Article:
The US firm said it has seen over a 100 per cent increase in the adoption of its Pfenex expression technology in the first half of 2006 over the same period last year and expects this growth to continue as more and more protein and antibody-derived vaccines come through the pharma pipelines. "We have nearly tripled the number of new customers using this technology since it was first made available at the beginning of 2005," Kurt Hoeprich, global commercial director of Biopharmaceuticals at Dowpharma told In-PharmaTechnologist.com. Although it predicts a continual increase in business for the future, the company has no expansion plans as yet as it has been able to triple its in-house efficiencies over the past year through the use of automated technology. According to Research and Markets, the biopharmaceutical market is predicted to reach $2.6bn (€2bn) this year, an increase from $1.4bn in 2003, with the primary driver of this market being mammalian cell culture. Mammalian cell culture is a platform that can be utilised by biotechnology companies, pharmaceutical companies moving into the biopharm space, as well as cell reagent manufacturers and contract manufacturers trying to maintain a competitive edge and meet future trends. However, Dowpharma elected in 2004 not to go ahead with plans to build a mammalian cell production facility at its Smithfield site in the US, which has since been closed, in favour of concentrating on other technologies, such as Pseudomonas-based Pfenex that can enhance microbial fermentation. Dowpharma's commitment to its Pfenex technology is indicative of the changes currently occurring within the biotech industry, specifically around mammalian cell culture technology, with analysts forecasting a shift from mammalian cell culture technologies to microbial fermentation techniques. Currently the gold standard for non- mammalian cell protein expression is E. coli, however, Dowpharma claims that the success of its new technology to date means it has the potential to knock E. coli from the top spot. "We have been able to genetically engineer a unique form of Pseudomonas that enables the system to outperform E. coli," said Hoeprich. "A number of companies are offering E. coli- and yeast-based services and are continually trying to optimise them but we are the only company offering this unique Pseudomonas-based service." According to the firm, Pfenex can achieve soluble, correctly folded proteins with a yield improvement that can be over ten times greater than E. coli. "One of the biggest problems with E. coli is that the protein comes out in an insoluble, inactive form and a series of steps then need to be undertaken to refold it correctly - this can be extremely cumbersome and does not always produce very high yields of correctly folded therapeutic protein," explained Hoeprich. "On the other hand with Pfenex, the vast majority (75-80 per cent) of proteins that we have expressed so far have folded completely the first time - there are very few proteins that have not and even then they have still come out partially folded." Hoeprich believes that because of this there is a good chance that Pfenex will increasingly replace E. coli as a first-line expression technology as the complexity of new drug candidates also continues to increase. "We are already seeing a trend of more and more candidates that require complex folding - this now makes up more than 50 per cent of our Pfenex business," he said. In addition, it is claimed that Pfenex's effectiveness enables a faster route through process development and an easier transition into manufacturing. "We've identified what we call a high-throughput strain identification system with Pfenex," said Hoeprich. "In most cases we can identify 10-20 different forms of Pfenex for a given protein and deliver a result within eight to twelve weeks - with an insoluble protein using E. coli this process can take up to a year." Furthermore, Dowpharma said these time and quality efficiencies also bring cost savings too. "The majority of money is saved with Pfenex primarily because of the much greater yields it is able to produce per fermentation batch compared to E. coli," said Hoeprich. "In addition, because the protein comes out in a soluble form it is easier to handle and allows a clearer path through the purification process." Importantly, the Pfenex technology also fits directly into customers' existing E. coli equipment, allowing for a "direct swap out," requiring no extra investment and it is operationally very similar to the E. coli process, Hoeprich pointed out. The downside of Pfenex is that like all prokaryotes, including E. coli, Pseudomonas can't glycosylate and therefore there are a huge number of glycosylated proteins and antigens that can still only be made using mammalian cell systems. Dowpharma has its bioprocessing plant in San Diego, with systems ranging from 5-1500L, where it runs and documents a customer's protein, creating them a complete recipe that they can then use when they transfer the technology to their own in-house facilities to begin making clinical trial quantities of the drug. The most advanced drug product being manufactured by a customer using Pfenex is now in Phase II trials and Hoeprich estimates that the first Pfenex-produced product may be on the market within three to five years.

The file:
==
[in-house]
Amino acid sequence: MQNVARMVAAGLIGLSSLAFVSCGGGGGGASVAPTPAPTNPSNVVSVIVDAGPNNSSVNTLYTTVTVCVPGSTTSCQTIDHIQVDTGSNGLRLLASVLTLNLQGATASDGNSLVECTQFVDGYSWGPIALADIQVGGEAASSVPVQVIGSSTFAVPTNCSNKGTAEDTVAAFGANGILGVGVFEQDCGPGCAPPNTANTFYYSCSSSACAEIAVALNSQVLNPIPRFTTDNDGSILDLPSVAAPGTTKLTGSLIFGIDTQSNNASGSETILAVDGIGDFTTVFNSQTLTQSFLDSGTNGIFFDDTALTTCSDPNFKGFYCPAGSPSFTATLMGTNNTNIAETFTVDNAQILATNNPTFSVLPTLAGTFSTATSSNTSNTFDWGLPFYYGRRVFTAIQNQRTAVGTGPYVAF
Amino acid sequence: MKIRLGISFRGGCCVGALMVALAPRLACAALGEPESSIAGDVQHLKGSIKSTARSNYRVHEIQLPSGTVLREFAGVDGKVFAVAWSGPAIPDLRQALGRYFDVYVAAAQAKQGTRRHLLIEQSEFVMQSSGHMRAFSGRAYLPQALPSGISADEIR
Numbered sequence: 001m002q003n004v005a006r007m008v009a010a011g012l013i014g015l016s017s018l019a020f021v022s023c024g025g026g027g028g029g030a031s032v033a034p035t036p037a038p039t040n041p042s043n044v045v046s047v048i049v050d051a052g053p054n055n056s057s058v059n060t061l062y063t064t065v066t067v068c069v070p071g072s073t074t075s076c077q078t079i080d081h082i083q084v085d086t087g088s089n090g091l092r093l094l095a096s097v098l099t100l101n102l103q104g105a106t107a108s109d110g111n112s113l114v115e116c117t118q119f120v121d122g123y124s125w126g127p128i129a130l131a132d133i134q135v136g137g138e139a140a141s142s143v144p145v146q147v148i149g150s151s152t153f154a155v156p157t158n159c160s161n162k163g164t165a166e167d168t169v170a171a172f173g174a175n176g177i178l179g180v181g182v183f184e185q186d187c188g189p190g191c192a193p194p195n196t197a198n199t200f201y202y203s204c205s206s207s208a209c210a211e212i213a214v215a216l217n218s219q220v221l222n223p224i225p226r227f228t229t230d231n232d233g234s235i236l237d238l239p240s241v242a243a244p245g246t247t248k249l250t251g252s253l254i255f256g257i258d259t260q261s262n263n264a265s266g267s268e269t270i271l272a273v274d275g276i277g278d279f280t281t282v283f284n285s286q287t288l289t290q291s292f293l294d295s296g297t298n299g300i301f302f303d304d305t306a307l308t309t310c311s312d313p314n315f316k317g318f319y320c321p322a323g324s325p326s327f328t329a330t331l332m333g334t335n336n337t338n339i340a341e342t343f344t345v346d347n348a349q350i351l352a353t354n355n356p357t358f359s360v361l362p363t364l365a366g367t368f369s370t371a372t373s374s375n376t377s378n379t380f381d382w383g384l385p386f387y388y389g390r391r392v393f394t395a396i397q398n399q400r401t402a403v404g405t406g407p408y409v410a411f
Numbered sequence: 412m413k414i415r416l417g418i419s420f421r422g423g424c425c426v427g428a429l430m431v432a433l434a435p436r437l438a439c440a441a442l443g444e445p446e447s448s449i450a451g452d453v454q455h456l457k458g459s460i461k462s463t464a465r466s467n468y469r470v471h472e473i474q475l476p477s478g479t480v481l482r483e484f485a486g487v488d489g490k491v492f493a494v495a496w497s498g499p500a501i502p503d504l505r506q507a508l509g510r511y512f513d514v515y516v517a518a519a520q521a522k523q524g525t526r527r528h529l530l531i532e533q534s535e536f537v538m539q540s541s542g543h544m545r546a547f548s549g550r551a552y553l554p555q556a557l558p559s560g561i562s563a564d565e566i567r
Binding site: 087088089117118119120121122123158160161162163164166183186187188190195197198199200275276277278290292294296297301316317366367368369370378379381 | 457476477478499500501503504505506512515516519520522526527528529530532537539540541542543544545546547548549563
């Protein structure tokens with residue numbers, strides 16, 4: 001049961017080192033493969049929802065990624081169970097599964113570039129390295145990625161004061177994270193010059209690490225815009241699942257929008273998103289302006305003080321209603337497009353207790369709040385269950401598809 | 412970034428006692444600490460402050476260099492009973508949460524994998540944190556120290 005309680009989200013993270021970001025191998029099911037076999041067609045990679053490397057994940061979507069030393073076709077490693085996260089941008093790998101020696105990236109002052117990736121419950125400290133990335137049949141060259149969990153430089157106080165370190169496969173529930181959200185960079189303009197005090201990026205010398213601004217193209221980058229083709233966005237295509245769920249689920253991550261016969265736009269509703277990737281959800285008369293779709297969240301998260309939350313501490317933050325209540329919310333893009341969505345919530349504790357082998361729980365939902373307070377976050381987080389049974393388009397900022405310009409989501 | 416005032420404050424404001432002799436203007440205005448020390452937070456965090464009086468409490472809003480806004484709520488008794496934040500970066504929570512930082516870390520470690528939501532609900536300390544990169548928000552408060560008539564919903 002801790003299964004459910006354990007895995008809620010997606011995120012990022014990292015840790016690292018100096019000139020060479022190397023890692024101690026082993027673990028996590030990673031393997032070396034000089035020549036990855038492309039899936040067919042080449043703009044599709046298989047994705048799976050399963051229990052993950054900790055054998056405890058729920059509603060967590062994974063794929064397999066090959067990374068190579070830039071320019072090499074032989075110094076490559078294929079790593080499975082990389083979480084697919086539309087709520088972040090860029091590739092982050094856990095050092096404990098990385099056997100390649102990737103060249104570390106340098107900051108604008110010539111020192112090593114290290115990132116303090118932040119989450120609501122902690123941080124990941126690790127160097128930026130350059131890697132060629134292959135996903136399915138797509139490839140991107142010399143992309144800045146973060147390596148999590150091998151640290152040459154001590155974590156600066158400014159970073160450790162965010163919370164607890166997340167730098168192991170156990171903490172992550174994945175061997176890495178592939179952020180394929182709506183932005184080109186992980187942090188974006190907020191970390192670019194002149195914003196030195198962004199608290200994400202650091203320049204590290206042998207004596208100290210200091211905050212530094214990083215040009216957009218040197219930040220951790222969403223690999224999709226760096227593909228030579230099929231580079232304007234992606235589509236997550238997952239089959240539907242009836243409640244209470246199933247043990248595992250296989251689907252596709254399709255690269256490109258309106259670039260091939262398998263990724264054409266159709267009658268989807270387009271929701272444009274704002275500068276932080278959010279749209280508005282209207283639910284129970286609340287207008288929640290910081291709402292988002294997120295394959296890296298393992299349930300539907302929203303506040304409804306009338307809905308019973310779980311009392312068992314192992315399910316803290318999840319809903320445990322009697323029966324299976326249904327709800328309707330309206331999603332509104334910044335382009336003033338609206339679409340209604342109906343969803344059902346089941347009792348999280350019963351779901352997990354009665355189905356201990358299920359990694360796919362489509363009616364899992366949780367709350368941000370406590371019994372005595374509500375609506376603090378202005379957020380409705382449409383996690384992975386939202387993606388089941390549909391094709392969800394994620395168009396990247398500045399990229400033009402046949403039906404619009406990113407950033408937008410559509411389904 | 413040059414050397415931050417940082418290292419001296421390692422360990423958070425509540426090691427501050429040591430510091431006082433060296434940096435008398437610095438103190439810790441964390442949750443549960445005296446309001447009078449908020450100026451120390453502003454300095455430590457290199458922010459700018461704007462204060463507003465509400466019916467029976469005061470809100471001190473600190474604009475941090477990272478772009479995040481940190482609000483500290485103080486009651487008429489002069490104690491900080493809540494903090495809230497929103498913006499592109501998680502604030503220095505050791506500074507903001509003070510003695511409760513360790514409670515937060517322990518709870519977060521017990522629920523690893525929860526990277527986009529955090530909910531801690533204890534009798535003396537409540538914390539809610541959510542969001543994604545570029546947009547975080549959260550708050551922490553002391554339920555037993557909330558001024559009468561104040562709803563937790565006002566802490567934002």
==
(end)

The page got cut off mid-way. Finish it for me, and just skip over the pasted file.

Drug developers are increasingly turning to Pseudomonas-based expression technology for their hard-to-express proteins, according to contract manufacturer Dowpharma.